08 September 2010
Medical students fill in for class III and IV workers at State–run hospitals to defeat Tuesday’s strike
While over 50 patients in Rajasthan died following the resident doctors’ strike there, more than 200 medical and nursing students in the city on Tuesday stood for everything that is noble about their chosen profession.
Supporting the students were the cops and Home Guard personnel, who took over the responsibility of taking the dead to mortuaries. Only those patients who needed immediate surgeries were operated upon.
The students, who reported for various duties as early as 6 am on Tuesday, continued throughout the day and into the night, said they learnt the most important lesson of their career — patients’ convenience above all else.
Prerit Sharma, 20, took over as telephone operator at J J Hospital, and was assisted by his classmate Akshay Wakade. He said, "We ensured that all calls, whether from patients’ relatives, or inquiries about admissions, were attended to. We can say that the ‘telephone department’ functioned smoothly."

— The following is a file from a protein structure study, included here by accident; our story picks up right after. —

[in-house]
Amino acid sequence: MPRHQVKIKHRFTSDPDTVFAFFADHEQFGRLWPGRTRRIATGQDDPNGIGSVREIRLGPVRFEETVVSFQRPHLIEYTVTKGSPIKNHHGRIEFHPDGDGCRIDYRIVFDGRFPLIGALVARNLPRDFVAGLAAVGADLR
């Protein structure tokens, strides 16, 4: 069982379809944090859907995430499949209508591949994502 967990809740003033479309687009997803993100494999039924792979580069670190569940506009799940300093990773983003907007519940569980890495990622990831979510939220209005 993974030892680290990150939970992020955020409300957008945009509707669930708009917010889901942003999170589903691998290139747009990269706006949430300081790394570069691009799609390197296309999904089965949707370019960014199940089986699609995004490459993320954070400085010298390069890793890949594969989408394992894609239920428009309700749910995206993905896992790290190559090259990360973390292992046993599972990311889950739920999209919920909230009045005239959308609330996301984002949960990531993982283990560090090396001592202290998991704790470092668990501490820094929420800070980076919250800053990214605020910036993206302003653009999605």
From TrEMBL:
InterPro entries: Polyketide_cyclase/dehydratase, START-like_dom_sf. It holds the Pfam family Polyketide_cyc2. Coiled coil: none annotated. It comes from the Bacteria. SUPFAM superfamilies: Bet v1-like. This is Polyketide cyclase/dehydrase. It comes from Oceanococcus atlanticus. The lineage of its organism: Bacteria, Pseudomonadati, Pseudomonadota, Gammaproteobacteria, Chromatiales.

Another student, Praveen Shinde, filled in as liftman.
"I enjoyed my role," he laughed, "Giving priority to patients on stretchers, ensuring smooth flow of visitors... I learnt a lot, besides realising the importance of doing one’s job with a smile at all times."
Siddhant Pawar, Tejas Dhage and their batchmates took on the responsibility of preparing and distributing food to 1,500 patients across 49 wards in J J Hospital, while Abhijeet Anjan and his friends took over ward and clerical duties.
Dr T P Lahane, the dean of all State–run hospitals, was full of praise for the students. He said, "These youngsters have preliminary exams on September 20, but they have already passed the bigger exam.
"We requested them to come and help us combat the strike, and they rose to the challenge." Dr Lahane’s views were echoed by Dr Subhash Kewat, resident medical officer, G T Hospital. "I applaud the nursing students, who were just fantastic. They prepared food, and attended to the patients like veterans."